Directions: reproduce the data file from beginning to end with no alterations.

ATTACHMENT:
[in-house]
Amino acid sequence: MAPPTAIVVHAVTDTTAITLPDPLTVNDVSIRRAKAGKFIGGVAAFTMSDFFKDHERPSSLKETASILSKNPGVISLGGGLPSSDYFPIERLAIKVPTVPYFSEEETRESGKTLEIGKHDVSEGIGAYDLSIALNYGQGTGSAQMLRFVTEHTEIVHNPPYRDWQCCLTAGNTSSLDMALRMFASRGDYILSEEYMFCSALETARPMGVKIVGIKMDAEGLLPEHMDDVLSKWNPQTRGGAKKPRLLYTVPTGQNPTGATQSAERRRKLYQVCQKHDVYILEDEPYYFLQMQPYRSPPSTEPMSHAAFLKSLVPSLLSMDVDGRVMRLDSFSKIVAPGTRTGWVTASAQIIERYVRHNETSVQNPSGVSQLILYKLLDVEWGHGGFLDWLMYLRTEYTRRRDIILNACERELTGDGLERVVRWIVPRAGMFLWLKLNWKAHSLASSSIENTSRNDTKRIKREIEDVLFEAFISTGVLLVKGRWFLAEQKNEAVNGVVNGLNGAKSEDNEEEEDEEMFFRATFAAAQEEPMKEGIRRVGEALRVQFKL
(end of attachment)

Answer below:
[in-house]
Amino acid sequence: MAPPTAIVVHAVTDTTAITLPDPLTVNDVSIRRAKAGKFIGGVAAFTMSDFFKDHERPSSLKETASILSKNPGVISLGGGLPSSDYFPIERLAIKVPTVPYFSEEETRESGKTLEIGKHDVSEGIGAYDLSIALNYGQGTGSAQMLRFVTEHTEIVHNPPYRDWQCCLTAGNTSSLDMALRMFASRGDYILSEEYMFCSALETARPMGVKIVGIKMDAEGLLPEHMDDVLSKWNPQTRGGAKKPRLLYTVPTGQNPTGATQSAERRRKLYQVCQKHDVYILEDEPYYFLQMQPYRSPPSTEPMSHAAFLKSLVPSLLSMDVDGRVMRLDSFSKIVAPGTRTGWVTASAQIIERYVRHNETSVQNPSGVSQLILYKLLDVEWGHGGFLDWLMYLRTEYTRRRDIILNACERELTGDGLERVVRWIVPRAGMFLWLKLNWKAHSLASSSIENTSRNDTKRIKREIEDVLFEAFISTGVLLVKGRWFLAEQKNEAVNGVVNGLNGAKSEDNEEEEDEEMFFRATFAAAQEEPMKEGIRRVGEALRVQFKL